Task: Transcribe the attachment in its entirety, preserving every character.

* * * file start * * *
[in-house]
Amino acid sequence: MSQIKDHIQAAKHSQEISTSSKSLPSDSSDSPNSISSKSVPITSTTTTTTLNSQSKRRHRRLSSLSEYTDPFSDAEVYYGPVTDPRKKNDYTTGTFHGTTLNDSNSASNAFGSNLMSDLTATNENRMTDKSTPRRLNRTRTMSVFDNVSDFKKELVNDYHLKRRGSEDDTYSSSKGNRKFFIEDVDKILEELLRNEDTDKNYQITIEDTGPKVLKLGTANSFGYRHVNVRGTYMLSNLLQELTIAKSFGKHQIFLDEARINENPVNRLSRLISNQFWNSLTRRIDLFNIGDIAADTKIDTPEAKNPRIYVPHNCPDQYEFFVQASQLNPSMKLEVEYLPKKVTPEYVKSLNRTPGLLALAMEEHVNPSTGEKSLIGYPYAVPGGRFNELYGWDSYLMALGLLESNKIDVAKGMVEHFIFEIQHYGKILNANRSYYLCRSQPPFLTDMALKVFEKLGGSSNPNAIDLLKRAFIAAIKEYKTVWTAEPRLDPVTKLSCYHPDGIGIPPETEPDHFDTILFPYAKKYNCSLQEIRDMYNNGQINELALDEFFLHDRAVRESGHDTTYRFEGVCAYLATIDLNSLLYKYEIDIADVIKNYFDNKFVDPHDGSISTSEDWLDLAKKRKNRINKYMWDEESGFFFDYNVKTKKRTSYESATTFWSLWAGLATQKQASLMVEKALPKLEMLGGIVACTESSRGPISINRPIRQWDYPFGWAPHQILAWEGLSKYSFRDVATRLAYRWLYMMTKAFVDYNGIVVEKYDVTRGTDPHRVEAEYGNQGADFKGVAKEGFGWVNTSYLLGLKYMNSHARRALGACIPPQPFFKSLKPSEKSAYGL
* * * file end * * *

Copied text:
[in-house]
Amino acid sequence: MSQIKDHIQAAKHSQEISTSSKSLPSDSSDSPNSISSKSVPITSTTTTTTLNSQSKRRHRRLSSLSEYTDPFSDAEVYYGPVTDPRKKNDYTTGTFHGTTLNDSNSASNAFGSNLMSDLTATNENRMTDKSTPRRLNRTRTMSVFDNVSDFKKELVNDYHLKRRGSEDDTYSSSKGNRKFFIEDVDKILEELLRNEDTDKNYQITIEDTGPKVLKLGTANSFGYRHVNVRGTYMLSNLLQELTIAKSFGKHQIFLDEARINENPVNRLSRLISNQFWNSLTRRIDLFNIGDIAADTKIDTPEAKNPRIYVPHNCPDQYEFFVQASQLNPSMKLEVEYLPKKVTPEYVKSLNRTPGLLALAMEEHVNPSTGEKSLIGYPYAVPGGRFNELYGWDSYLMALGLLESNKIDVAKGMVEHFIFEIQHYGKILNANRSYYLCRSQPPFLTDMALKVFEKLGGSSNPNAIDLLKRAFIAAIKEYKTVWTAEPRLDPVTKLSCYHPDGIGIPPETEPDHFDTILFPYAKKYNCSLQEIRDMYNNGQINELALDEFFLHDRAVRESGHDTTYRFEGVCAYLATIDLNSLLYKYEIDIADVIKNYFDNKFVDPHDGSISTSEDWLDLAKKRKNRINKYMWDEESGFFFDYNVKTKKRTSYESATTFWSLWAGLATQKQASLMVEKALPKLEMLGGIVACTESSRGPISINRPIRQWDYPFGWAPHQILAWEGLSKYSFRDVATRLAYRWLYMMTKAFVDYNGIVVEKYDVTRGTDPHRVEAEYGNQGADFKGVAKEGFGWVNTSYLLGLKYMNSHARRALGACIPPQPFFKSLKPSEKSAYGL